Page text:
Mentally Calculating the Wind Correction Angle (cont.)
V  Techniques for visualization of wind during flight
During flight the pilot will need to visualize where the wind is in relation to the aircraft's heading and course. The following are a few suggestions on how to do this and figure out what the AWA is.
Heading bug
Fig 3 Heading bug on heading indicator (a), analog HSI (b) and digital HSI (c).
If the heading bug (figure 3) is not being used by the autopilot, or for other reasons, the heading bug can be set to remind the pilot where the wind is.
Visualizing the AWA before intercepting the course (CRS)
Fig 4 Visualizing the AWA using the heading indicator for a right head wind.
Figure 4 illustrates how a heading bug can be used on a heading indicator to remind the pilot where the wind is coming from. In this case the wind direction (WD) is from 090. If the course (CRS) that is going to be navigated is 040, for example, the pilot can visualize the 040 mark on the heading indicator to be that course. In this case wind is coming from the front (headwind), therefore the angle between the course (CRS) and the wind (WD) will be the acute wind angle (AWA). If the wind were a tail wind the AWA would be the angle between the reciprocal of the course (CRS+180) and the wind direction (WD).
Knowing the AWA allows you to calculate, using the techniques described in the previous paragraphs, the wind correction angle (WCA). Once the pilot has intercepted the course (CRS), the WCA can be added or subtracted from the CRS to determine the heading (HDG) that is required to maintain that course and compensate for the wind. In this particular example since the CRS is 040 and WD is 090, the AWA is 9040 = 50^{o}.






(a) 

(b) 

Fig 5 Visualizing the AWA using an analog (a) and digital (b) HSI for a right head wind.
Figure 5 shows how to visualize the above scenario's AWA on an analog and digital HSI. If for some reason the heading bug is being used for something else the pilot can make a mental note of where the wind is instead. Having a general idea of the wind is crucial to smooth and accurate navigation.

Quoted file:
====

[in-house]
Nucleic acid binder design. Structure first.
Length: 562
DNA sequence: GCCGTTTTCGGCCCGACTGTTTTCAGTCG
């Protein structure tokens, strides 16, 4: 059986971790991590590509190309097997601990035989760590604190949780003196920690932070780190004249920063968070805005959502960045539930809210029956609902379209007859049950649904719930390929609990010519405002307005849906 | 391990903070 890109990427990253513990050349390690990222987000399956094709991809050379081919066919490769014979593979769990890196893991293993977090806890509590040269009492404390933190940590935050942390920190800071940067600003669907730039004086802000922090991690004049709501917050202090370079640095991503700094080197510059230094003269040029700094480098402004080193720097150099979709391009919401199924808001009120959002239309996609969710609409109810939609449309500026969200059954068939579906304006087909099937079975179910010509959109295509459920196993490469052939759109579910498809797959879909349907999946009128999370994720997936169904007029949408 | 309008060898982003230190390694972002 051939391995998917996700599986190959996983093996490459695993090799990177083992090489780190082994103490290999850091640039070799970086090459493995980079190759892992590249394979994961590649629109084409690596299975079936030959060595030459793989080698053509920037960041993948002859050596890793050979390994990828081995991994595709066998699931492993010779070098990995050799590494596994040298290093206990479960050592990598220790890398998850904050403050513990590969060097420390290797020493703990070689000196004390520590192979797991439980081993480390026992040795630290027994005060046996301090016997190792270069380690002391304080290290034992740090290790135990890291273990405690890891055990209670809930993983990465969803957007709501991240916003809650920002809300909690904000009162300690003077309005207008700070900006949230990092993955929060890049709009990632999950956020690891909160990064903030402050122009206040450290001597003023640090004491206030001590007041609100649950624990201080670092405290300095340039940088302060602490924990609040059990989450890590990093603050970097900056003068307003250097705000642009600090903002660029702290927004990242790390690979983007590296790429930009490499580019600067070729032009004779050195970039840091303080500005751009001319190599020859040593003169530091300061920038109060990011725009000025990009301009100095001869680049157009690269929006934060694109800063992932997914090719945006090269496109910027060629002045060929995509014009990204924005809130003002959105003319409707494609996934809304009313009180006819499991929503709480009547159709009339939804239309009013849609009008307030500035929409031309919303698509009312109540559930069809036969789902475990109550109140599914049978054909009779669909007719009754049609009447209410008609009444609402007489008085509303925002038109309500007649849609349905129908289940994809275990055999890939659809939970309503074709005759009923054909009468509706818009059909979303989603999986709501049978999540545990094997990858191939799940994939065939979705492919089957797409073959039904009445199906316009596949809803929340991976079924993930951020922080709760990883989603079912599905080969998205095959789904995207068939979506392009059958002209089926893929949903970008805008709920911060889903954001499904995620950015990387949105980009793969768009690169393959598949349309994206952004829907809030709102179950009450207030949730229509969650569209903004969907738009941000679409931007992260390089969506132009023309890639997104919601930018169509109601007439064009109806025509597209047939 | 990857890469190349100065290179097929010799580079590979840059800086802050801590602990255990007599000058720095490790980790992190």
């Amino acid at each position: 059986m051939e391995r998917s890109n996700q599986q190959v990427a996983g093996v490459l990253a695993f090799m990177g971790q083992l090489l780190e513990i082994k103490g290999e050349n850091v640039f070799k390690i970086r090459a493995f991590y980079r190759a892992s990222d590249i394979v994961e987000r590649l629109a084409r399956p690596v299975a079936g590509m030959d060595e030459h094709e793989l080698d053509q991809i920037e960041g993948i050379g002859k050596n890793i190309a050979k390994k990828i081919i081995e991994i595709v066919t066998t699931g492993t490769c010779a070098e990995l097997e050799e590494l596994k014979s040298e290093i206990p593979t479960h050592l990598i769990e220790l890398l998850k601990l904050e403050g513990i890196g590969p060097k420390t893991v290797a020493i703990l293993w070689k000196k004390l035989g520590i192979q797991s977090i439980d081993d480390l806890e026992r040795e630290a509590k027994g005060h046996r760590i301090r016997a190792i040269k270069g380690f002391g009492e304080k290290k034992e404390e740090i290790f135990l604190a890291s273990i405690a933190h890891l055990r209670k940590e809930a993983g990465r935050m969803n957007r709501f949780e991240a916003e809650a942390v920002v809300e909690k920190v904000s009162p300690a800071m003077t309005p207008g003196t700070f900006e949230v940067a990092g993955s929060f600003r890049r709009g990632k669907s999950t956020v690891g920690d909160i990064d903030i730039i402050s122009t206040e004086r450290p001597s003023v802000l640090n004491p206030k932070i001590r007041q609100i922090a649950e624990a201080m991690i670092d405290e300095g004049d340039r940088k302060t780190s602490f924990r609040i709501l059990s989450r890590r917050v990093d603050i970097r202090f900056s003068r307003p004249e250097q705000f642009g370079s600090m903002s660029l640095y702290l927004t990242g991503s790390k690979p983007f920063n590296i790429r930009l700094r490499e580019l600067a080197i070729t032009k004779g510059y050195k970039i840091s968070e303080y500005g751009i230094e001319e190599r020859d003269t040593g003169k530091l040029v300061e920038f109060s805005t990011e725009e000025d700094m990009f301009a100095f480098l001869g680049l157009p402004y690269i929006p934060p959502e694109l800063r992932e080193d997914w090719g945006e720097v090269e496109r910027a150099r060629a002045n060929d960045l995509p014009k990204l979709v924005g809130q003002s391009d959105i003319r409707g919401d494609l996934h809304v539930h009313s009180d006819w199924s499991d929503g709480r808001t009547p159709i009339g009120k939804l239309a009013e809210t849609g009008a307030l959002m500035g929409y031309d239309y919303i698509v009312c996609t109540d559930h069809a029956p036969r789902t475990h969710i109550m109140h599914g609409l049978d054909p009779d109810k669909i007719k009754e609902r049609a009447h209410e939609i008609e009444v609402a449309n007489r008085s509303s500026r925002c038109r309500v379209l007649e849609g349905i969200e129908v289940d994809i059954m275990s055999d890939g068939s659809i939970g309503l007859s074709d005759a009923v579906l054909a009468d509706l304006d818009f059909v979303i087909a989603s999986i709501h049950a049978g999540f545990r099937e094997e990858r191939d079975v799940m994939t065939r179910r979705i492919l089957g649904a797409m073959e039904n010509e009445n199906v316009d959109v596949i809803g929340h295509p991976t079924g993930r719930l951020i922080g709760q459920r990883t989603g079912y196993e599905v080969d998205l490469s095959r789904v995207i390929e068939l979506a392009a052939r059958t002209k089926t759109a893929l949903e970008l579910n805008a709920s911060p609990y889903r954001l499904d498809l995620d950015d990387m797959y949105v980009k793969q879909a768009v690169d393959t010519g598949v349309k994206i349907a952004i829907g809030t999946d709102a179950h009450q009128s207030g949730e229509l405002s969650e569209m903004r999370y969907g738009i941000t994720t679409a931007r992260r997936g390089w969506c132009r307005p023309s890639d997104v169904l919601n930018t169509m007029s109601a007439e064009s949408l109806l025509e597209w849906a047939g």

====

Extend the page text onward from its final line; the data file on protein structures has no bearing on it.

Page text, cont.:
If the wind speed (WS) in this example is 40 knots and the aircraft's true airspeed (TAS) is at 110 knots. Calculate the wind correction angle (WCA).
First let's summarize the information we have and don't have:
CRS = 040
WD = 090
WS = 40 knots
AWA = 50^{o}
TAS =
110 knots
WCA_{max} for a 10 knot wind= ?
WCA=?
To use our method of mentally calculating the wind correction angle (WCA) we have to first calculate and memorize the maximum wind correction (WCA_{max}) for a 10 knot wind at our typical true airspeed (TAS) of 110 knots.
The maximum wind correction angle is given by:
where WS is the wind speed, and TAS is the aircraft's true airspeed. Make sure your calculator is in DEG (degrees) mode. In the case even though the actual WS is 40 knots, we will use 10 knots to calculate our base (WCA_{max}) . Remember that we will only have to do this once, and then it will serve as the basis for any calculation of the WCA for our typical true airspeed.
This means that in the worst case scenario for a 10 knot wind when the wind direction is 90^{o} in relation to our desired course, the wind correction angle (WCA) is 5^{o}. Therefore WCA_{max} for a 10 knot wind = 5^{o}.